Tuesday, November 30, 2021     Volume: 22, Issue: 39

Santa Maria Sun / News

The following article was posted on October 13th, 2021, in the Santa Maria Sun - Volume 22, Issue 33 [ Submit a Story ]
The following articles were printed from Santa Maria Sun [santamariasun.com] - Volume 22, Issue 33

New dollars to fund more career services in underserved communities

By Taylor O'Connor

The U.S. Department of Labor awarded the Santa Barbara County Workforce Development Board $2.5 million to help COVID-19 impacted workers get jobs. 

The funds will enable the board to purchase hardware and technology for nine new places for people to access career services, job training, and certificate courses, Development Board Analyst Julie Smedley said. 

“Historically our program provided job services and training services. We wanted to include digital literacy training in response to the big digital divide we saw happen during the pandemic,” she said. 

Smedley and her team help people who have criminal records, those with no work experience, and people with disabilities find employment. By implementing long-term rental systems, job seekers without internet gain access to more resources, Smedley said. 

“They can rent out laptops and hotspots to do Zoom meetings or Zoom interviews. They’ll have access to these tools and they will be able to rent these out as long as they need,” Smedly continued.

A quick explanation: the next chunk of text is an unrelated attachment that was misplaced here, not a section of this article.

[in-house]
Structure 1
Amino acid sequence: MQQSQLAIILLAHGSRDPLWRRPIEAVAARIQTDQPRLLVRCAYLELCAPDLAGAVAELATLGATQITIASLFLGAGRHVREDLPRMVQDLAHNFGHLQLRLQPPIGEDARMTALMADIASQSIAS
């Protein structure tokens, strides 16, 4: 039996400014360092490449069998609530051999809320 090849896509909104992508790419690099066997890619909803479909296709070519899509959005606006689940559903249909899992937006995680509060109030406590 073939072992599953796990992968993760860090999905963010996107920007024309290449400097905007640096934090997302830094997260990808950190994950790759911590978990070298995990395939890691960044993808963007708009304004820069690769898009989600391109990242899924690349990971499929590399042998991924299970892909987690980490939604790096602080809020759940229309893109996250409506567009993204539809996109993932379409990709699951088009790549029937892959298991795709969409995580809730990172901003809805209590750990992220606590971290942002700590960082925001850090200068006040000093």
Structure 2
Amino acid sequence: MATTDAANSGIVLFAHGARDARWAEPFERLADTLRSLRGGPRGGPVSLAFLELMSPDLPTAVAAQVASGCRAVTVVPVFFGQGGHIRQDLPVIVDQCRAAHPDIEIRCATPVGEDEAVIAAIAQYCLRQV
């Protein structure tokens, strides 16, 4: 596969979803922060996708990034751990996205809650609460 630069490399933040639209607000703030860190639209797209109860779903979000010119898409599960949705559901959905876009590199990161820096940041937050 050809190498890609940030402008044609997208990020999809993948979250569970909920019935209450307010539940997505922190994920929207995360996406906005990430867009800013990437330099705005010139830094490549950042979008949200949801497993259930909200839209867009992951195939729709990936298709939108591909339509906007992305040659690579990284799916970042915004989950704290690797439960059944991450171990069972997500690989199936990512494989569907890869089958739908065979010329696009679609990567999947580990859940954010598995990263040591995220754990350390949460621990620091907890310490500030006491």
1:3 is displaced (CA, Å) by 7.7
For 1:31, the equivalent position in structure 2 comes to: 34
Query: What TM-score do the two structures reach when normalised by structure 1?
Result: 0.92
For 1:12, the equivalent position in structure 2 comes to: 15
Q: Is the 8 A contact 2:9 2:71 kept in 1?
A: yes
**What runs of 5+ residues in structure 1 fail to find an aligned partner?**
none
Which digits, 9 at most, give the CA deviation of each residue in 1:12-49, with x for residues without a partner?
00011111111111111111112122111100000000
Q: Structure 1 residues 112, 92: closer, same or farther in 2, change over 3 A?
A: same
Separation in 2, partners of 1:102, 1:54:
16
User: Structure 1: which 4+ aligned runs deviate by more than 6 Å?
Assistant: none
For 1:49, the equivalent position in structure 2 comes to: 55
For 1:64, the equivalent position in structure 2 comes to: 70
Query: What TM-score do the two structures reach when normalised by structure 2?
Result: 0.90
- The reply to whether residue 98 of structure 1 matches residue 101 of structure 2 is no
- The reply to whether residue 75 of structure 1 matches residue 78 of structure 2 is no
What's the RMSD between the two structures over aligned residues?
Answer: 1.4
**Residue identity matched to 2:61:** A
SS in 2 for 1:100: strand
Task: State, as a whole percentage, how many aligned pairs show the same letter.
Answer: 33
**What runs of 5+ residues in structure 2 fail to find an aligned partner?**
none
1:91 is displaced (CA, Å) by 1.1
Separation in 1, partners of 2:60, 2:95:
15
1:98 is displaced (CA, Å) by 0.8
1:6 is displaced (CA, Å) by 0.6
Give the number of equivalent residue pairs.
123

Although this is one-time COVID-19 relief funding, the computers and hardware will have a long life and last the board a long time, and the equipment will be purchased before Christmas, Smedley said. 

The department is looking at access point locations in Carpinteria, Guadalupe, and Lompoc, which will open some time in January. 

“We have two main job centers, one in Santa Barbara and one in Santa Maria. You can imagine the families financially impacted from COVID-19 figuring out how to travel to Santa Barbara from Carpinteria or Guadalupe, or to Santa Maria from Lompoc,” she said “Creating these access points will have such an impact and make them aware of the services available through our programming.” 

Outreach can be a challenge because of language barriers in those communities, but Smedley hopes new community organization partnerships and contractors will help.  

“We really want to tap into partners already serving those communities and utilize their expertise, we don’t want to reinvent the wheel,” she said. 

As planning continues, residents are welcome to contact the development board with any of their questions or concerns. 

“We have such a wide variety of services; we’re able to provide job career training, and we have a great network of partners. If our agency can’t help residents with what their needs are, we can point them in the right direction,” Smedley said. 

People can contact the county Workforce Development Board at (805) 896-6835 or email Smedley at j.smedley@sbcsocialserv.org.

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